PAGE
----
The paper, which is a 39-page summary of a conference held in June of 2010, appears in the June 2011 issue of the journal Nature and Science of Sleep. The conference was held at
Let’s look at some facts.
1. The Reuters article states, “The group cited U.S. government statistics that show as many as 180,000 patients each year die due to harm resulting from their medical care.” However, the article does not cite any proof that sleep-deprived residents are causing any of these errors. There is a growing body of research [here's some] that actually shows that resident work hour reform has not had any effect on the rate of medical errors.
2. According to the European Sleep Research Society, the journal Nature and Science of Sleep has an impact factor of 0.0. That means it has no influence and is not widely read.
3. Nature and Science of Sleep is an “open-access” journal. Although its author instructions page says that it is peer-reviewed, authors must pay a fee to have their papers published. This is similar to vanity publishing.
4. Nature and Science of Sleep is not listed by any of the major medical search engines.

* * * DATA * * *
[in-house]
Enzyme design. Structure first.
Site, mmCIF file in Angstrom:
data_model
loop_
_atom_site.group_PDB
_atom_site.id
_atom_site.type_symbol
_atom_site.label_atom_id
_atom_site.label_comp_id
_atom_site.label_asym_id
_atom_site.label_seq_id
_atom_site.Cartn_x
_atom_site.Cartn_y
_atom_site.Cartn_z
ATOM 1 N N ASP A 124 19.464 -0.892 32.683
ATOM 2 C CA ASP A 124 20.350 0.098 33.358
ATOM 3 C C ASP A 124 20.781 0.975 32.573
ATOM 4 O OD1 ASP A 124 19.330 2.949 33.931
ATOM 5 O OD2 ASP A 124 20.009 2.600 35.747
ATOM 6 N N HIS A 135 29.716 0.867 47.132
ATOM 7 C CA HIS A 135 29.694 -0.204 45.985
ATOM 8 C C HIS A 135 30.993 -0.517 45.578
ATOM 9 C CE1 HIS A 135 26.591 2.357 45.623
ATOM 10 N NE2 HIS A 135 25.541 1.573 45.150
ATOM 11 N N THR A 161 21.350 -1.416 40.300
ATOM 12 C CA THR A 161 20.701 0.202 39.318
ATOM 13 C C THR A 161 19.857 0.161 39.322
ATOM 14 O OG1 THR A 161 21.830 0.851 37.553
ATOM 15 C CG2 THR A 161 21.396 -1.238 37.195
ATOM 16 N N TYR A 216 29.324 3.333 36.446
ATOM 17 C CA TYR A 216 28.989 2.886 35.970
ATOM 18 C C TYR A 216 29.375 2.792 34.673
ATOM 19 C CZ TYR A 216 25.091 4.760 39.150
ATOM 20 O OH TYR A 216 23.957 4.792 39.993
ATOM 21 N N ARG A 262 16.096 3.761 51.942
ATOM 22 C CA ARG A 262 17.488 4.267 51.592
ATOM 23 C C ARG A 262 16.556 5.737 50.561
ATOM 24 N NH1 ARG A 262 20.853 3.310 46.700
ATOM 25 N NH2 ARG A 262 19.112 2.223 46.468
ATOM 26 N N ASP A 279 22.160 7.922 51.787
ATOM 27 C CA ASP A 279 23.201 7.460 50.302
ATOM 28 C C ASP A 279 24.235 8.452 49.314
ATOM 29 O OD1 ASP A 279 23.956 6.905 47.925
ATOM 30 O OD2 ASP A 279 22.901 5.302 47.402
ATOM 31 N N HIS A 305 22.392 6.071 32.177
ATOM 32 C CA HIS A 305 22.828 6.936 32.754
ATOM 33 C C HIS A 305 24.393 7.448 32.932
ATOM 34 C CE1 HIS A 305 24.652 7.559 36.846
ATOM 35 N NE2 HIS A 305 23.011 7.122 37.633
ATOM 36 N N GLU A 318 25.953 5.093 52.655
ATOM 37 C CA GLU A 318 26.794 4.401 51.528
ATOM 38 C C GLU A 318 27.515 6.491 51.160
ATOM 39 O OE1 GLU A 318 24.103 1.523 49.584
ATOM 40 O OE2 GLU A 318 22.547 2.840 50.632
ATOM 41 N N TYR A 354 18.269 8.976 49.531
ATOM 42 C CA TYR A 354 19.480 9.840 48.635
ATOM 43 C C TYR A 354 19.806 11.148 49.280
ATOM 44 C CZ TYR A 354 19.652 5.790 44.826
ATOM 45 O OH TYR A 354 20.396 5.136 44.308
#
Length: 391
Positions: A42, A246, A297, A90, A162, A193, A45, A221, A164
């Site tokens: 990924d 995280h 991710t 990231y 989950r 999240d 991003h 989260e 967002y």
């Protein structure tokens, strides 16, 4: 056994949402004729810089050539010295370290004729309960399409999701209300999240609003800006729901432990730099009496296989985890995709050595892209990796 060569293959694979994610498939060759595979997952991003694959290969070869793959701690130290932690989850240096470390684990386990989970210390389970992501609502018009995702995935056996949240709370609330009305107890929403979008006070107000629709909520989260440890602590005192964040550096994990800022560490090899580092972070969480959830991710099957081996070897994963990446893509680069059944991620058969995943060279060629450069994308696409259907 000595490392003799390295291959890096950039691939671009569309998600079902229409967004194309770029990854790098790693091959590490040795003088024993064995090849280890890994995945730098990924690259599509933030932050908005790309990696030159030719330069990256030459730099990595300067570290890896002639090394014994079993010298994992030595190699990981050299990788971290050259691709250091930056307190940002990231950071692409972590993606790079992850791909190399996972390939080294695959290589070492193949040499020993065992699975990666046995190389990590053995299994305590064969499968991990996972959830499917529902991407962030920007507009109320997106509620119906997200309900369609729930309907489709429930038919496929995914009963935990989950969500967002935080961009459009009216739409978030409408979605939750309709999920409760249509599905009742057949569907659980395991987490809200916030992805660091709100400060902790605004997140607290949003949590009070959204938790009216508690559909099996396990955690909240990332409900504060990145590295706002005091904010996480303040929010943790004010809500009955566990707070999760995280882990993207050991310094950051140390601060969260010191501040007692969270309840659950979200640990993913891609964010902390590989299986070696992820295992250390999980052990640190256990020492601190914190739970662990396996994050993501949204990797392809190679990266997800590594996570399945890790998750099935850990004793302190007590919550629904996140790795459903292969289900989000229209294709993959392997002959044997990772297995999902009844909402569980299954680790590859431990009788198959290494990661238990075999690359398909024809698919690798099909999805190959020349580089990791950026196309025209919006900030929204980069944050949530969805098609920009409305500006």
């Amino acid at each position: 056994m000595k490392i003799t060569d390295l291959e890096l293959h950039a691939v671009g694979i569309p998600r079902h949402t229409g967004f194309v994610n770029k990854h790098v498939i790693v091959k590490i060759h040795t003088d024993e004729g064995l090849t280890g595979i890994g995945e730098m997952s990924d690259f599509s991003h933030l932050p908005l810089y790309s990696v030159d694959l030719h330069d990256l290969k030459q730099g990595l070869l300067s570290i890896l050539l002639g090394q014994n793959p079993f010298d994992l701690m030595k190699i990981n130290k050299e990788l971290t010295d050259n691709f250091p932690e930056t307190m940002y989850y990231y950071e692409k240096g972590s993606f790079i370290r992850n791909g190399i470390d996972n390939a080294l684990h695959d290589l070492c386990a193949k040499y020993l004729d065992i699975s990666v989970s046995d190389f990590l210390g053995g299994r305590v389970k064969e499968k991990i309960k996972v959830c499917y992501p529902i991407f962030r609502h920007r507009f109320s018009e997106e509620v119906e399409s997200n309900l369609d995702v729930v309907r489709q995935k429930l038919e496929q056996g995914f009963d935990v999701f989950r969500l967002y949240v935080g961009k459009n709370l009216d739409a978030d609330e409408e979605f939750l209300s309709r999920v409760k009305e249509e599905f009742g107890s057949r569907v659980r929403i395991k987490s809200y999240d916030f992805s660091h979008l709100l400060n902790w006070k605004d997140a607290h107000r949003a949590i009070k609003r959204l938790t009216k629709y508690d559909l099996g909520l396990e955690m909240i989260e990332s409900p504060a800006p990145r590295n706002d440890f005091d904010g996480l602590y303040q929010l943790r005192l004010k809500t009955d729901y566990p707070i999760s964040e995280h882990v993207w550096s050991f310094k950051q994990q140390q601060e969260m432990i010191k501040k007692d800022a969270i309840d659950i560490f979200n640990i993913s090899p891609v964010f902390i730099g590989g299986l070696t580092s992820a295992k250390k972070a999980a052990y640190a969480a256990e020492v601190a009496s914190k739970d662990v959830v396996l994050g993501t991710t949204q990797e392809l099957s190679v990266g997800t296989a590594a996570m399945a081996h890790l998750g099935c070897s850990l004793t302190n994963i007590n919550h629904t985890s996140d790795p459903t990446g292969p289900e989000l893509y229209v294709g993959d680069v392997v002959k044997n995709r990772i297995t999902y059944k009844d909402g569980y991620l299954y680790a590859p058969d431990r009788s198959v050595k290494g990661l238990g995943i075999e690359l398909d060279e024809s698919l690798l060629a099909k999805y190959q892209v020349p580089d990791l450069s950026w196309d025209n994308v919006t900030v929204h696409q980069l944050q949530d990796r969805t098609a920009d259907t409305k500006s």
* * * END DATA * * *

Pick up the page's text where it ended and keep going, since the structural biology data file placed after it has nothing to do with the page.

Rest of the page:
5. The authors of the paper estimate that curtailing resident work hours further and delegating some resident work to others would cost $1.7 billion. Who is going to pay for it?
6. Here is a little known fact that many people conveniently overlook when discussing resident working conditions. A resident who is on call for 28 consecutive hours may not necessarily be awake for all of that time. Some nights are not busy. There can be time for napping. This type of work is not analogous to long-distance bus driving or piloting an airliner both of which require long hours of uninterrupted, monotonous work.
7. I confess that I downloaded the 39-page article but couldn’t finish it due to its sleep-inducing properties. [And I wasn't even on call last night.] You are welcome to read it as I provided the link above.